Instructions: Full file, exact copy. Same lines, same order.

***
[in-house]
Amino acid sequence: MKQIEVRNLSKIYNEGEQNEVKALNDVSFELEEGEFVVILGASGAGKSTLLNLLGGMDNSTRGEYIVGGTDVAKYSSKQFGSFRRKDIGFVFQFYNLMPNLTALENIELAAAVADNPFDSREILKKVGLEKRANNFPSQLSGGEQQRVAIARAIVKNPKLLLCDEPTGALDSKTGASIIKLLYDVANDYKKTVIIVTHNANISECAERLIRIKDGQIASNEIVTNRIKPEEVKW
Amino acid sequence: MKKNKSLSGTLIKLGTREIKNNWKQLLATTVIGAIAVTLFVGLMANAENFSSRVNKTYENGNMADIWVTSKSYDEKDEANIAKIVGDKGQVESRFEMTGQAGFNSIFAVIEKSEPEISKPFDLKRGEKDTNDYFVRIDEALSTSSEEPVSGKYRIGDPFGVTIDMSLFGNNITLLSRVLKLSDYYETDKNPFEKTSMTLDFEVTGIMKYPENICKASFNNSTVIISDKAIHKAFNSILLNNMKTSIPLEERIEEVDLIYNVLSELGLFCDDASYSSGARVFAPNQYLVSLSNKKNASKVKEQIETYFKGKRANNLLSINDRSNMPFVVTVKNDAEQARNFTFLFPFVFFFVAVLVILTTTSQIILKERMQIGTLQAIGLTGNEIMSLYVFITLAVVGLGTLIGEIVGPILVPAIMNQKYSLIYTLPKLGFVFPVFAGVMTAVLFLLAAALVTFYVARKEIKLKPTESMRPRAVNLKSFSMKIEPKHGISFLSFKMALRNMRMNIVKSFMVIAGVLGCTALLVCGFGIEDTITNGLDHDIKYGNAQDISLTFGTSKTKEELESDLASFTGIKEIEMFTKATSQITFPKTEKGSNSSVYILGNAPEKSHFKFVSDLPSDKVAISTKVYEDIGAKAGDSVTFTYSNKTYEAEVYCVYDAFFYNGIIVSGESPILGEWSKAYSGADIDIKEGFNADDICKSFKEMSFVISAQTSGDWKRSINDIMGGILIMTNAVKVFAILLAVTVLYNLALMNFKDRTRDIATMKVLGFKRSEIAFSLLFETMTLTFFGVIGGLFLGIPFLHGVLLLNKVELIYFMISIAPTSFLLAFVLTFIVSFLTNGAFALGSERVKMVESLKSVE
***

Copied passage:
[in-house]
Amino acid sequence: MKQIEVRNLSKIYNEGEQNEVKALNDVSFELEEGEFVVILGASGAGKSTLLNLLGGMDNSTRGEYIVGGTDVAKYSSKQFGSFRRKDIGFVFQFYNLMPNLTALENIELAAAVADNPFDSREILKKVGLEKRANNFPSQLSGGEQQRVAIARAIVKNPKLLLCDEPTGALDSKTGASIIKLLYDVANDYKKTVIIVTHNANISECAERLIRIKDGQIASNEIVTNRIKPEEVKW
Amino acid sequence: MKKNKSLSGTLIKLGTREIKNNWKQLLATTVIGAIAVTLFVGLMANAENFSSRVNKTYENGNMADIWVTSKSYDEKDEANIAKIVGDKGQVESRFEMTGQAGFNSIFAVIEKSEPEISKPFDLKRGEKDTNDYFVRIDEALSTSSEEPVSGKYRIGDPFGVTIDMSLFGNNITLLSRVLKLSDYYETDKNPFEKTSMTLDFEVTGIMKYPENICKASFNNSTVIISDKAIHKAFNSILLNNMKTSIPLEERIEEVDLIYNVLSELGLFCDDASYSSGARVFAPNQYLVSLSNKKNASKVKEQIETYFKGKRANNLLSINDRSNMPFVVTVKNDAEQARNFTFLFPFVFFFVAVLVILTTTSQIILKERMQIGTLQAIGLTGNEIMSLYVFITLAVVGLGTLIGEIVGPILVPAIMNQKYSLIYTLPKLGFVFPVFAGVMTAVLFLLAAALVTFYVARKEIKLKPTESMRPRAVNLKSFSMKIEPKHGISFLSFKMALRNMRMNIVKSFMVIAGVLGCTALLVCGFGIEDTITNGLDHDIKYGNAQDISLTFGTSKTKEELESDLASFTGIKEIEMFTKATSQITFPKTEKGSNSSVYILGNAPEKSHFKFVSDLPSDKVAISTKVYEDIGAKAGDSVTFTYSNKTYEAEVYCVYDAFFYNGIIVSGESPILGEWSKAYSGADIDIKEGFNADDICKSFKEMSFVISAQTSGDWKRSINDIMGGILIMTNAVKVFAILLAVTVLYNLALMNFKDRTRDIATMKVLGFKRSEIAFSLLFETMTLTFFGVIGGLFLGIPFLHGVLLLNKVELIYFMISIAPTSFLLAFVLTFIVSFLTNGAFALGSERVKMVESLKSVE